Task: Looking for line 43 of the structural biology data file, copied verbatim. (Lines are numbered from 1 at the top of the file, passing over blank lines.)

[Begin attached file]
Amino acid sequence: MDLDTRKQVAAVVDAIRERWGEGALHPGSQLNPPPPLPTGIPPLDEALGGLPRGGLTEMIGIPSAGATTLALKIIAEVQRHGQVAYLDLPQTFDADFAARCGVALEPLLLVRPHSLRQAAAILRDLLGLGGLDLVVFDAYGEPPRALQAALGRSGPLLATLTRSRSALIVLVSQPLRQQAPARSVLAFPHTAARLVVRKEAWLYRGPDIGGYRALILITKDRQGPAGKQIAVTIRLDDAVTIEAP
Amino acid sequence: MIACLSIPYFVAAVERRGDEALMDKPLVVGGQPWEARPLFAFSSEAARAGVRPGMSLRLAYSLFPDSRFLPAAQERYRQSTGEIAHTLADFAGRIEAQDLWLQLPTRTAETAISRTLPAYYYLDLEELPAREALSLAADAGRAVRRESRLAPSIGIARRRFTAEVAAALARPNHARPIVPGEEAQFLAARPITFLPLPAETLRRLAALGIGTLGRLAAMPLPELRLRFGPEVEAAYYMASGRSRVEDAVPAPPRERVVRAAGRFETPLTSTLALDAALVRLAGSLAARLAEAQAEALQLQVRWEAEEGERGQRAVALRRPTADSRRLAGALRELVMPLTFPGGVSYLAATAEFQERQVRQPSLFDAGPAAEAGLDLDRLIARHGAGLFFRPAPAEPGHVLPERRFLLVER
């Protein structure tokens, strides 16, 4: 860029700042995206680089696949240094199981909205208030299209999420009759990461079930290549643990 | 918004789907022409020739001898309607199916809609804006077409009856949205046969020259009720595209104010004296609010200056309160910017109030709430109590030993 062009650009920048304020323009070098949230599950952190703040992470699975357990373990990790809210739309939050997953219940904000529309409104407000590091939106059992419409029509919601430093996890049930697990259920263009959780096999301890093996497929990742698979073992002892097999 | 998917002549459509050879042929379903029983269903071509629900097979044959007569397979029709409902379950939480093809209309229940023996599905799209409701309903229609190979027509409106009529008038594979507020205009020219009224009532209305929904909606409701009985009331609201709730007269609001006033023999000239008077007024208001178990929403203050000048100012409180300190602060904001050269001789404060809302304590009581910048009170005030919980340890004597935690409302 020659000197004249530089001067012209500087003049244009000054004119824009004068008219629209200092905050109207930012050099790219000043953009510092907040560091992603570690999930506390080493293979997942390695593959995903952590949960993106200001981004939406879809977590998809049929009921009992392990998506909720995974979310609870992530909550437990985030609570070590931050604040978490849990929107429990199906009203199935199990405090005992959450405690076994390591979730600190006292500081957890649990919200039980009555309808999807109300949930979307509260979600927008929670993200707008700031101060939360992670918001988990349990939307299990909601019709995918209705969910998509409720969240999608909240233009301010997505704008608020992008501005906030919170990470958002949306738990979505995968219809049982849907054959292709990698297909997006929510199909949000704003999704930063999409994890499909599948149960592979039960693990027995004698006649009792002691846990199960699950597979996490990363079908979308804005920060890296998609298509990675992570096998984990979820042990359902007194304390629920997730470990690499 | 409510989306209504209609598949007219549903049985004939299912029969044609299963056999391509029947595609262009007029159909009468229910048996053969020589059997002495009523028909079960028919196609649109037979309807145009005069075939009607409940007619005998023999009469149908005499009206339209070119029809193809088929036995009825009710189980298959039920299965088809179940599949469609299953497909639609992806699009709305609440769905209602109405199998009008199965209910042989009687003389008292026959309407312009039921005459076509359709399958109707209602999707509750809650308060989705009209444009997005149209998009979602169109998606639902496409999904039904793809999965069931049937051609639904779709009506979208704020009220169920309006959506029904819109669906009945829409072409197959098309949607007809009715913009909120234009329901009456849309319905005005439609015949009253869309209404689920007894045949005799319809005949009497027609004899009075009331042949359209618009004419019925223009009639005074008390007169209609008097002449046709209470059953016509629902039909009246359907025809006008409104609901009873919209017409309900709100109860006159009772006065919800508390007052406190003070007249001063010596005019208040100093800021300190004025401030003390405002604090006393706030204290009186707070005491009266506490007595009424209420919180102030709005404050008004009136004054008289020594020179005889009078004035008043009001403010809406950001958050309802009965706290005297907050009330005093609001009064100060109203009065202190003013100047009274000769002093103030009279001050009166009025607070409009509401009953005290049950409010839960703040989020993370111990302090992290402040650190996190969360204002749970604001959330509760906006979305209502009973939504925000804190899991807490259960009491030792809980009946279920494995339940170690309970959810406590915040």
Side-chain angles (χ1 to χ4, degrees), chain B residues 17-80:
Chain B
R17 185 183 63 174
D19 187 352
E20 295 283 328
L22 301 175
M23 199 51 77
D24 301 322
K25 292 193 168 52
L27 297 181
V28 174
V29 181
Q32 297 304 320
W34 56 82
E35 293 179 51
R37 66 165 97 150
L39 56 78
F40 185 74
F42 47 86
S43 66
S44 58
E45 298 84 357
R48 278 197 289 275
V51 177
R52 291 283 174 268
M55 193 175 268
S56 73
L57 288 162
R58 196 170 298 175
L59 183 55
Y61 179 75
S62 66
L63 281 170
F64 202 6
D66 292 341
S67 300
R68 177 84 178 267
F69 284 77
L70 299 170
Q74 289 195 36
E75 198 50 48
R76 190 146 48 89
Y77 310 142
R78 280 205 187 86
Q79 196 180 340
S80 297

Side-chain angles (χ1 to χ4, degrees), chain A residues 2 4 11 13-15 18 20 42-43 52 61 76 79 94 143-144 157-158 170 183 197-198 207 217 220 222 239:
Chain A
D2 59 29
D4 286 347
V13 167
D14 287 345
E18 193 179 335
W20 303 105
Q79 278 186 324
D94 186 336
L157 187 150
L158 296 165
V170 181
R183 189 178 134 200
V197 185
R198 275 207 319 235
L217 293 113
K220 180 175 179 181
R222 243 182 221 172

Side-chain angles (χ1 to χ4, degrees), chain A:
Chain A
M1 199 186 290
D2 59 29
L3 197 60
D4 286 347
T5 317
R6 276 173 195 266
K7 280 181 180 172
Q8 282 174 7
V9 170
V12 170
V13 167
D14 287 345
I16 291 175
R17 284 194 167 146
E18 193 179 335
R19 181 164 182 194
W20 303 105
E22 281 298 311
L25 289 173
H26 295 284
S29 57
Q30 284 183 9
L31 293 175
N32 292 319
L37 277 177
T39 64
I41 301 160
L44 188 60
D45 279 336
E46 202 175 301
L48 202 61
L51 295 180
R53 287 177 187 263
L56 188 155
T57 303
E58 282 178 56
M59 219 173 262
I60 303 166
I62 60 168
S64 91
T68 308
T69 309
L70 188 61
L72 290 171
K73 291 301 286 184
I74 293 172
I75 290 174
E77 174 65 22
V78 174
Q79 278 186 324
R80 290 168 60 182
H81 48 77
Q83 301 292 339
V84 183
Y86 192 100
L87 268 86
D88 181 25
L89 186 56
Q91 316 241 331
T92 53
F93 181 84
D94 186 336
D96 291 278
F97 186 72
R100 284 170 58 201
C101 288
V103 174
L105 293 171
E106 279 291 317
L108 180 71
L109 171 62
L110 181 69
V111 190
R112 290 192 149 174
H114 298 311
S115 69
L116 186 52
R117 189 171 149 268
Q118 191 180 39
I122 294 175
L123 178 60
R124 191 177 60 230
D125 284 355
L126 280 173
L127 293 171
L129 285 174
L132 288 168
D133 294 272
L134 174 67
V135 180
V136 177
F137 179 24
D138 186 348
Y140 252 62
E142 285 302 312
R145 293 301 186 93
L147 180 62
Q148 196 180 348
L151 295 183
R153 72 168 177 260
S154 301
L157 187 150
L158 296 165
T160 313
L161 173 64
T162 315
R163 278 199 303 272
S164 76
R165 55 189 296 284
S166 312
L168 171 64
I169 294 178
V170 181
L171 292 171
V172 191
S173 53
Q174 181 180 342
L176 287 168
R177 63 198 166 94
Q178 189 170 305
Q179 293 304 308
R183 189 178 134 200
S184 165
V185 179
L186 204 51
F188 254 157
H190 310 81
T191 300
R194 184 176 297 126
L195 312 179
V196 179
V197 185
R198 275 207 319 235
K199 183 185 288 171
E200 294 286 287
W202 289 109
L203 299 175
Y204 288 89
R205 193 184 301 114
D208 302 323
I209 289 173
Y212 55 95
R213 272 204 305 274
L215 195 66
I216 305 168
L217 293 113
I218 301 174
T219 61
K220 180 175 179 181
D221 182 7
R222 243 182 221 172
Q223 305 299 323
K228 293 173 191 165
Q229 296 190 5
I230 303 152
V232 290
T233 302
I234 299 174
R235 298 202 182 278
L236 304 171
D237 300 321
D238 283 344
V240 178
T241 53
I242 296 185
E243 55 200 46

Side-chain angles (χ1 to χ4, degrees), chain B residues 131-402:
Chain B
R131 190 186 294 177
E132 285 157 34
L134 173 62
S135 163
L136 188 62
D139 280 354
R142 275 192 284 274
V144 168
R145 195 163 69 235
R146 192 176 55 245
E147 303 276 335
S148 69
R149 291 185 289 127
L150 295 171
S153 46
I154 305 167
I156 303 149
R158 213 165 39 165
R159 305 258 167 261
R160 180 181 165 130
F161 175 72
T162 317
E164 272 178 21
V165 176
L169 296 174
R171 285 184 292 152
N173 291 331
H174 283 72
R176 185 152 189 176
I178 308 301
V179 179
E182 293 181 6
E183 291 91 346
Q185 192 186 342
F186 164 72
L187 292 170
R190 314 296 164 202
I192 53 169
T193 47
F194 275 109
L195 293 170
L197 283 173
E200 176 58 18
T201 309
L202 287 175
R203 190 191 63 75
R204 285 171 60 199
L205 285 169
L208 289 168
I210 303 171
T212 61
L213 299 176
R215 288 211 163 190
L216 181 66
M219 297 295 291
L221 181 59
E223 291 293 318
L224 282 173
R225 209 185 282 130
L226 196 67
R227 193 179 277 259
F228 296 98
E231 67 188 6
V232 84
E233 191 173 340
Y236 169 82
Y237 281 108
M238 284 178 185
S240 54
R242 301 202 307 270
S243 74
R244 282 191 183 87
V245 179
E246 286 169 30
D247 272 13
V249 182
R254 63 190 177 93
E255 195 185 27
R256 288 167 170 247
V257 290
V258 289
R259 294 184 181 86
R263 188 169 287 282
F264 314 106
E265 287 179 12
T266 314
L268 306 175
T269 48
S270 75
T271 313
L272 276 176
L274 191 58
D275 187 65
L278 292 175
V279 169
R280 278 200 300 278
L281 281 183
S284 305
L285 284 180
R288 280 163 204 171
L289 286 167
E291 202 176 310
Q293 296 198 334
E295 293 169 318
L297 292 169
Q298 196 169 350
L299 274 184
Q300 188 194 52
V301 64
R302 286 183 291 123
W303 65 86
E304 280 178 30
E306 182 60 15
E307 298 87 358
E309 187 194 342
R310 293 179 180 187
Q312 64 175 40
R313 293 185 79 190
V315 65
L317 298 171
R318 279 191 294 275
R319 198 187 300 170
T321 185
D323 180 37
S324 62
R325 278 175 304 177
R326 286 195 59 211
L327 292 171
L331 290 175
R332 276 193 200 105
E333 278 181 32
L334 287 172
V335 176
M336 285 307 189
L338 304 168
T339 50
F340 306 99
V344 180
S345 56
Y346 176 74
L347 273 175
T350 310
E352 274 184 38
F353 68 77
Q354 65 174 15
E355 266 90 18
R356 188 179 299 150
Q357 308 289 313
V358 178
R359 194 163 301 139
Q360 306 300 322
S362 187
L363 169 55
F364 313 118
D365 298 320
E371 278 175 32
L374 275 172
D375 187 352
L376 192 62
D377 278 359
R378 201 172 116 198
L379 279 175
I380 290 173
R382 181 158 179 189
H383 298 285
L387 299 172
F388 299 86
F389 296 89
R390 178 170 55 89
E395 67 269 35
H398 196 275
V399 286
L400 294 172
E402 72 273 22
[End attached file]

Q74 289 195 36